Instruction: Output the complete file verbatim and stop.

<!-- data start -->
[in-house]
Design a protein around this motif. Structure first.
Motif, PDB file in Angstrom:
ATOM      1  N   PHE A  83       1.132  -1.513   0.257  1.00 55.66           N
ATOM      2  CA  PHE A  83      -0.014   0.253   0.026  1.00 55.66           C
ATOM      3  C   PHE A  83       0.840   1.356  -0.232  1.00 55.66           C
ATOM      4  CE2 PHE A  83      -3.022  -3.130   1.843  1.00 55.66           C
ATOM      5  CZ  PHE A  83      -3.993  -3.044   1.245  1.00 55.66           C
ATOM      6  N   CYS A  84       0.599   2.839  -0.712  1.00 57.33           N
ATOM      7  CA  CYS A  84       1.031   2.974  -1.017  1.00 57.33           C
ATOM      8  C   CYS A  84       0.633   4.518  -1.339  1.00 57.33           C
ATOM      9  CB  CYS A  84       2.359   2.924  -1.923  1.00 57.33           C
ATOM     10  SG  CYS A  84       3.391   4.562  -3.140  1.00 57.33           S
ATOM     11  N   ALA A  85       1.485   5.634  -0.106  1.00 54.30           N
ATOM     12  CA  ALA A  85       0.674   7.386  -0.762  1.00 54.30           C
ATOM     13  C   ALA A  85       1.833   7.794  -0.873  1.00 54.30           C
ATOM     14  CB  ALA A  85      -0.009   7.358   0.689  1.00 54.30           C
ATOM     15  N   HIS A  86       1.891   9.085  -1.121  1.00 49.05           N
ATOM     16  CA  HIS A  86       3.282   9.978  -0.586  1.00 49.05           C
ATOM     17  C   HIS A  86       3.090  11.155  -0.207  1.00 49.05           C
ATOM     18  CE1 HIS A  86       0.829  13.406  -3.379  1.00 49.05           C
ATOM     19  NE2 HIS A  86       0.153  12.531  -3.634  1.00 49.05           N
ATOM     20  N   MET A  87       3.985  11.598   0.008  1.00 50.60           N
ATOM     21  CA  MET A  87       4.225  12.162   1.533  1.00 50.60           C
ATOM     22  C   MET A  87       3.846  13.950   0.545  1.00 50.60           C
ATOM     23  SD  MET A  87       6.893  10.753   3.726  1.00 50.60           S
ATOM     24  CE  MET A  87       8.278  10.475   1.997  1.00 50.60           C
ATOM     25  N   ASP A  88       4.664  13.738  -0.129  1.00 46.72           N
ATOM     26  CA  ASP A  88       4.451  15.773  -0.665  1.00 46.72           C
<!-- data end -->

[in-house]
Design a protein around this motif. Structure first.
Motif, PDB file in Angstrom:
ATOM      1  N   PHE A  83       1.132  -1.513   0.257  1.00 55.66           N
ATOM      2  CA  PHE A  83      -0.014   0.253   0.026  1.00 55.66           C
ATOM      3  C   PHE A  83       0.840   1.356  -0.232  1.00 55.66           C
ATOM      4  CE2 PHE A  83      -3.022  -3.130   1.843  1.00 55.66           C
ATOM      5  CZ  PHE A  83      -3.993  -3.044   1.245  1.00 55.66           C
ATOM      6  N   CYS A  84       0.599   2.839  -0.712  1.00 57.33           N
ATOM      7  CA  CYS A  84       1.031   2.974  -1.017  1.00 57.33           C
ATOM      8  C   CYS A  84       0.633   4.518  -1.339  1.00 57.33           C
ATOM      9  CB  CYS A  84       2.359   2.924  -1.923  1.00 57.33           C
ATOM     10  SG  CYS A  84       3.391   4.562  -3.140  1.00 57.33           S
ATOM     11  N   ALA A  85       1.485   5.634  -0.106  1.00 54.30           N
ATOM     12  CA  ALA A  85       0.674   7.386  -0.762  1.00 54.30           C
ATOM     13  C   ALA A  85       1.833   7.794  -0.873  1.00 54.30           C
ATOM     14  CB  ALA A  85      -0.009   7.358   0.689  1.00 54.30           C
ATOM     15  N   HIS A  86       1.891   9.085  -1.121  1.00 49.05           N
ATOM     16  CA  HIS A  86       3.282   9.978  -0.586  1.00 49.05           C
ATOM     17  C   HIS A  86       3.090  11.155  -0.207  1.00 49.05           C
ATOM     18  CE1 HIS A  86       0.829  13.406  -3.379  1.00 49.05           C
ATOM     19  NE2 HIS A  86       0.153  12.531  -3.634  1.00 49.05           N
ATOM     20  N   MET A  87       3.985  11.598   0.008  1.00 50.60           N
ATOM     21  CA  MET A  87       4.225  12.162   1.533  1.00 50.60           C
ATOM     22  C   MET A  87       3.846  13.950   0.545  1.00 50.60           C
ATOM     23  SD  MET A  87       6.893  10.753   3.726  1.00 50.60           S
ATOM     24  CE  MET A  87       8.278  10.475   1.997  1.00 50.60           C
ATOM     25  N   ASP A  88       4.664  13.738  -0.129  1.00 46.72           N
ATOM     26  CA  ASP A  88       4.451  15.773  -0.665  1.00 46.72           C